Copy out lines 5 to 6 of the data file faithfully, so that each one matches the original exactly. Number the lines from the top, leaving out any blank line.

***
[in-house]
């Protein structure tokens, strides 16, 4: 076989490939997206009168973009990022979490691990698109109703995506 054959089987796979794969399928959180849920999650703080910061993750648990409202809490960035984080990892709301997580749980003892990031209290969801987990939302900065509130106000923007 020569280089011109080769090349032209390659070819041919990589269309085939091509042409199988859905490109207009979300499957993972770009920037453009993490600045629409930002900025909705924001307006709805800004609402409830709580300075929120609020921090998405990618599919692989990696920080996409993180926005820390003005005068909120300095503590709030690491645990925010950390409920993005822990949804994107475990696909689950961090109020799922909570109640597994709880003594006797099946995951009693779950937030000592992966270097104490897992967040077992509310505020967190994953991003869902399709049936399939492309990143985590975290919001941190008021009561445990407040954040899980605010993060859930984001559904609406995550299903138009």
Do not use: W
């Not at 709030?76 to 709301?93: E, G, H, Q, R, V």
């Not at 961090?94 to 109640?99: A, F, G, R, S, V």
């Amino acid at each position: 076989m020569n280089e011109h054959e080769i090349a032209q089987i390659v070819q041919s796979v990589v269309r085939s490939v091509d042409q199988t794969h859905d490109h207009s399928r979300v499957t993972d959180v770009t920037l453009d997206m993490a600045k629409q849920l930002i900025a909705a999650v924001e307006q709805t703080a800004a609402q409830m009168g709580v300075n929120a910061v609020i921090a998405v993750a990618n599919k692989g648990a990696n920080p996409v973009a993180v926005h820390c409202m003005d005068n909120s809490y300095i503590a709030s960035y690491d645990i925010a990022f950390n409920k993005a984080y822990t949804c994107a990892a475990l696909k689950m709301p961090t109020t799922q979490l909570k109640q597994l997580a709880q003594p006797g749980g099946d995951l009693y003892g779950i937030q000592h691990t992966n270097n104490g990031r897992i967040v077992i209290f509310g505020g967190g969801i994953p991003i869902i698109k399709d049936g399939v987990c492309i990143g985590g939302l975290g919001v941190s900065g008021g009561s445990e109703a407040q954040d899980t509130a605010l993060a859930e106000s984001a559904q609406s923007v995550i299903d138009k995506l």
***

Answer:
């Not at 961090?94 to 109640?99: A, F, G, R, S, V």
């Amino acid at each position: 076989m020569n280089e011109h054959e080769i090349a032209q089987i390659v070819q041919s796979v990589v269309r085939s490939v091509d042409q199988t794969h859905d490109h207009s399928r979300v499957t993972d959180v770009t920037l453009d997206m993490a600045k629409q849920l930002i900025a909705a999650v924001e307006q709805t703080a800004a609402q409830m009168g709580v300075n929120a910061v609020i921090a998405v993750a990618n599919k692989g648990a990696n920080p996409v973009a993180v926005h820390c409202m003005d005068n909120s809490y300095i503590a709030s960035y690491d645990i925010a990022f950390n409920k993005a984080y822990t949804c994107a990892a475990l696909k689950m709301p961090t109020t799922q979490l909570k109640q597994l997580a709880q003594p006797g749980g099946d995951l009693y003892g779950i937030q000592h691990t992966n270097n104490g990031r897992i967040v077992i209290f509310g505020g967190g969801i994953p991003i869902i698109k399709d049936g399939v987990c492309i990143g985590g939302l975290g919001v941190s900065g008021g009561s445990e109703a407040q954040d899980t509130a605010l993060a859930e106000s984001a559904q609406s923007v995550i299903d138009k995506l």